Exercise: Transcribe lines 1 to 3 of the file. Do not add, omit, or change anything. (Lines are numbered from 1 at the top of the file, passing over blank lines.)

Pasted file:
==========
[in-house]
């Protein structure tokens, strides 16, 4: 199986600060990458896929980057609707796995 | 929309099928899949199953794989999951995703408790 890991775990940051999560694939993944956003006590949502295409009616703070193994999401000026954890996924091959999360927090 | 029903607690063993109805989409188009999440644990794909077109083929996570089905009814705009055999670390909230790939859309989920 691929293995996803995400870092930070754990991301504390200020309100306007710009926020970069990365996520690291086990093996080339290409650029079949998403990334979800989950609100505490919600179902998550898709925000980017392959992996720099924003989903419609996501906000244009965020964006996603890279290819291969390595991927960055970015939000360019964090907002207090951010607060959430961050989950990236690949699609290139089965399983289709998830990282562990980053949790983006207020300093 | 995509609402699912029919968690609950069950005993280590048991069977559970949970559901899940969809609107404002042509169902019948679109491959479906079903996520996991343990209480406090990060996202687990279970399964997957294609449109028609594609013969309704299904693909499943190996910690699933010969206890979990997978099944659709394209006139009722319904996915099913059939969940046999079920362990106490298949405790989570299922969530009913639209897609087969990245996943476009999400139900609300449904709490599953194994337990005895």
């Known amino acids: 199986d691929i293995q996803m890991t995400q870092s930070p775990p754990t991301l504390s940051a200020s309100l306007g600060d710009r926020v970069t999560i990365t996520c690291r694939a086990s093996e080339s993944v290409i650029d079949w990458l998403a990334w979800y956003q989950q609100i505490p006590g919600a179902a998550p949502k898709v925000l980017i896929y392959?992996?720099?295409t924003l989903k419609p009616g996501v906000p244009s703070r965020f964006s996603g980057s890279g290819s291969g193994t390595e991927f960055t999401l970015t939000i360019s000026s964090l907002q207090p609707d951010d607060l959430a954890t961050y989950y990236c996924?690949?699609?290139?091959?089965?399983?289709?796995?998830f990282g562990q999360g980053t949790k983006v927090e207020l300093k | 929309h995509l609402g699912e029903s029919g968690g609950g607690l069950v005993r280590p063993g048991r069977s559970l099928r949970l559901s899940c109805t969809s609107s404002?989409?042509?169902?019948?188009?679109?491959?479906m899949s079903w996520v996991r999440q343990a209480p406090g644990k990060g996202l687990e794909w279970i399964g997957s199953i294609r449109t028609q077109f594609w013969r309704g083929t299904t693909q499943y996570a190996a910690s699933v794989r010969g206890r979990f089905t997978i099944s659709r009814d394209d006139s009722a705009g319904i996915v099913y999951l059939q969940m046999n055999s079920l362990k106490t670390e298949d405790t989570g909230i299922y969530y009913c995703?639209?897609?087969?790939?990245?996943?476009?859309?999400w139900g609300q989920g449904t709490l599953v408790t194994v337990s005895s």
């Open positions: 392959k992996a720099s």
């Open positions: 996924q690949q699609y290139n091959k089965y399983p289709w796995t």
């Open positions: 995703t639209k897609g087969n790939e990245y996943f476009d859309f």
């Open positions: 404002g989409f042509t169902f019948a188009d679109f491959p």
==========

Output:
[in-house]
């Protein structure tokens, strides 16, 4: 199986600060990458896929980057609707796995 | 929309099928899949199953794989999951995703408790 890991775990940051999560694939993944956003006590949502295409009616703070193994999401000026954890996924091959999360927090 | 029903607690063993109805989409188009999440644990794909077109083929996570089905009814705009055999670390909230790939859309989920 691929293995996803995400870092930070754990991301504390200020309100306007710009926020970069990365996520690291086990093996080339290409650029079949998403990334979800989950609100505490919600179902998550898709925000980017392959992996720099924003989903419609996501906000244009965020964006996603890279290819291969390595991927960055970015939000360019964090907002207090951010607060959430961050989950990236690949699609290139089965399983289709998830990282562990980053949790983006207020300093 | 995509609402699912029919968690609950069950005993280590048991069977559970949970559901899940969809609107404002042509169902019948679109491959479906079903996520996991343990209480406090990060996202687990279970399964997957294609449109028609594609013969309704299904693909499943190996910690699933010969206890979990997978099944659709394209006139009722319904996915099913059939969940046999079920362990106490298949405790989570299922969530009913639209897609087969990245996943476009999400139900609300449904709490599953194994337990005895």
């Known amino acids: 199986d691929i293995q996803m890991t995400q870092s930070p775990p754990t991301l504390s940051a200020s309100l306007g600060d710009r926020v970069t999560i990365t996520c690291r694939a086990s093996e080339s993944v290409i650029d079949w990458l998403a990334w979800y956003q989950q609100i505490p006590g919600a179902a998550p949502k898709v925000l980017i896929y392959?992996?720099?295409t924003l989903k419609p009616g996501v906000p244009s703070r965020f964006s996603g980057s890279g290819s291969g193994t390595e991927f960055t999401l970015t939000i360019s000026s964090l907002q207090p609707d951010d607060l959430a954890t961050y989950y990236c996924?690949?699609?290139?091959?089965?399983?289709?796995?998830f990282g562990q999360g980053t949790k983006v927090e207020l300093k | 929309h995509l609402g699912e029903s029919g968690g609950g607690l069950v005993r280590p063993g048991r069977s559970l099928r949970l559901s899940c109805t969809s609107s404002?989409?042509?169902?019948?188009?679109?491959?479906m899949s079903w996520v996991r999440q343990a209480p406090g644990k990060g996202l687990e794909w279970i399964g997957s199953i294609r449109t028609q077109f594609w013969r309704g083929t299904t693909q499943y996570a190996a910690s699933v794989r010969g206890r979990f089905t997978i099944s659709r009814d394209d006139s009722a705009g319904i996915v099913y999951l059939q969940m046999n055999s079920l362990k106490t670390e298949d405790t989570g909230i299922y969530y009913c995703?639209?897609?087969?790939?990245?996943?476009?859309?999400w139900g609300q989920g449904t709490l599953v408790t194994v337990s005895s």